E. Finally, as adults we expect them to take responsibility for their own learning. We will provide many opportunities, experiences, simulation, and insights for them, hut they must understand that they alone are responsible for what they get out of this program.


F. The skills that we will focus on here are those that will give them technical competence to do their job and interaction skills that will enable them to do their job within the context of this Latin American culture. It is important that they are not only prepared technically, but through cultural awareness are able to do their job well.

10 minutes

3. Training Goals/Schedule


Briefly review the goals of the training program and explain the sequence of the sessions. Training goals and the titles and sequence of sessions should be displayed on a flip chart for this presentation. At this time each trainee should also he handed a previously made up schedule of sessions.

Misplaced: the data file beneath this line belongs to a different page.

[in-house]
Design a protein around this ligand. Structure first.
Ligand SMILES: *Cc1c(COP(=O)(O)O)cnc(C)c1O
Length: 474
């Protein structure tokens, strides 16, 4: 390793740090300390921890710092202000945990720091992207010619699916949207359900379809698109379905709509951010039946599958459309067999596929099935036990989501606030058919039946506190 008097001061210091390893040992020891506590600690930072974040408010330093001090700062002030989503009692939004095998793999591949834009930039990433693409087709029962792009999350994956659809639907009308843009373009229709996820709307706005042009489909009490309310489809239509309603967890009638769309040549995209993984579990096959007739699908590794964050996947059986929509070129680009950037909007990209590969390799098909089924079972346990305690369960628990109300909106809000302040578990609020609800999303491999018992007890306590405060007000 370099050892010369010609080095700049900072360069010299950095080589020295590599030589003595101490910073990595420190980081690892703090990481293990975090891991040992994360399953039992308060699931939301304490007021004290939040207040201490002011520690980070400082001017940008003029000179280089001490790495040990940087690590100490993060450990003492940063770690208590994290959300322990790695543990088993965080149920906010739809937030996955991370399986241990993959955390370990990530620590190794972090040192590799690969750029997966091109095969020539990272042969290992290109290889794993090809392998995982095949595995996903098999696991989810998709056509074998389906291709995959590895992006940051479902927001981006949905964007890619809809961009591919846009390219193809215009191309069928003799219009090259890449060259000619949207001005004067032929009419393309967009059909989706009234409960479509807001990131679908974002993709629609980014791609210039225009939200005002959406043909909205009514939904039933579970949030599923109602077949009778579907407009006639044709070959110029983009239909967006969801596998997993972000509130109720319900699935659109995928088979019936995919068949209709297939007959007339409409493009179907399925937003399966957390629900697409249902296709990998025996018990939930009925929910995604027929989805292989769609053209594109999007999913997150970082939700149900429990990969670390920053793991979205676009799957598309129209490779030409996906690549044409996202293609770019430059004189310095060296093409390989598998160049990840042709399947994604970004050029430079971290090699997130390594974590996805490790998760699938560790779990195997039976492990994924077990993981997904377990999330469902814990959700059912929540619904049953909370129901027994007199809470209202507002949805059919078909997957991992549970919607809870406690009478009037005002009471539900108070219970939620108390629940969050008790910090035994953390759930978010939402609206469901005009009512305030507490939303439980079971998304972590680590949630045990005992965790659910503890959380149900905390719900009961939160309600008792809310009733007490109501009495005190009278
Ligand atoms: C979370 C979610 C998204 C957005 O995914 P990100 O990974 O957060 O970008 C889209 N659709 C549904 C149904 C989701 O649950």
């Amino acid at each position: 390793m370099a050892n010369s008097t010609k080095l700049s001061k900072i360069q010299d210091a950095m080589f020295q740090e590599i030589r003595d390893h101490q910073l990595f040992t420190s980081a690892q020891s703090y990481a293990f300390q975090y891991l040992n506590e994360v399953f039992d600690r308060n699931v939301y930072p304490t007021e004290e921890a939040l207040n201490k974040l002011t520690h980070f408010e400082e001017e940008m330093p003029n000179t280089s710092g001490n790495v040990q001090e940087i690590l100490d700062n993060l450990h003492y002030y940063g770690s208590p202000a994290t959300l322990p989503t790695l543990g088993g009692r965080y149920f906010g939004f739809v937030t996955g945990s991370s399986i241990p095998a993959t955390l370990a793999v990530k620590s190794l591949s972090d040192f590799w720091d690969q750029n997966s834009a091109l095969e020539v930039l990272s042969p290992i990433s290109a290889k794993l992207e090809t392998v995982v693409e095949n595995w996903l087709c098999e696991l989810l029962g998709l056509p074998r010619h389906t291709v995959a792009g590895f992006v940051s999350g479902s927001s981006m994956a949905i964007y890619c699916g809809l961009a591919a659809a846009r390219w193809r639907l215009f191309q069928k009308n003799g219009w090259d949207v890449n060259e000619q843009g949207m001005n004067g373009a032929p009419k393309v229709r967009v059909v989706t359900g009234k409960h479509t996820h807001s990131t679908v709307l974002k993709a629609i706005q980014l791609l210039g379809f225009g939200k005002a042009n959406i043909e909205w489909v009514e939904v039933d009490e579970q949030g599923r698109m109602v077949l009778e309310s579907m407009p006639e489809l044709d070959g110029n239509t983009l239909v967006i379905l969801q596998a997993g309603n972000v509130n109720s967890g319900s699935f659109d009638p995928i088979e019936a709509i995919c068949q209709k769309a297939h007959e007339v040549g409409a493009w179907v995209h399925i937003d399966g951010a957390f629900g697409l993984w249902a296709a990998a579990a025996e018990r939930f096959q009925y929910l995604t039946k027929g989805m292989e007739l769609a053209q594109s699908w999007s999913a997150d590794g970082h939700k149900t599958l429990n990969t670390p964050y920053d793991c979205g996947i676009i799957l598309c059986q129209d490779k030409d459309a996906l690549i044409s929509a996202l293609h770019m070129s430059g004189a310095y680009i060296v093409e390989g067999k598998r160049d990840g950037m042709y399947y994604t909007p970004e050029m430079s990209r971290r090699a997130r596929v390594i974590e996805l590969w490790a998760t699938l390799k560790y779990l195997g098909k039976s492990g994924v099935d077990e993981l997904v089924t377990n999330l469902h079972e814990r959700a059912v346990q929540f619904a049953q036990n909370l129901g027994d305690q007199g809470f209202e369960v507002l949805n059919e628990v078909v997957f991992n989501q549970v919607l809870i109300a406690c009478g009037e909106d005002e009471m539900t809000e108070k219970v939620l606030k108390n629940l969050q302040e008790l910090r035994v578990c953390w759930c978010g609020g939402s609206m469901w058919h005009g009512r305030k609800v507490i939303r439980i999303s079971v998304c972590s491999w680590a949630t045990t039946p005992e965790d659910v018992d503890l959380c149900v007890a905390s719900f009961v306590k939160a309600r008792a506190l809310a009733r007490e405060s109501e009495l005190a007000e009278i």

Put on flip chart the following (use your own words):

Goals (Metas):

1. To enable trainees to recognize their skills and feel competent in the use of these skills.

2. To enable trainees to know how to transfer the technical skills that they have.

3. To identify areas for skill building and to improve those skills.

4. For trainees to understand their role in host country and as a Peace Corps Volunteer.

5. To help trainees identify resources available to them and find resources in their community sites and host country agencies.

6. For trainees to research species of trees and know where to find information to identify species both indigenous and exotic.

7. For trainees to know how to start small research projects, investigation etc., write projects up related to forestry in host country.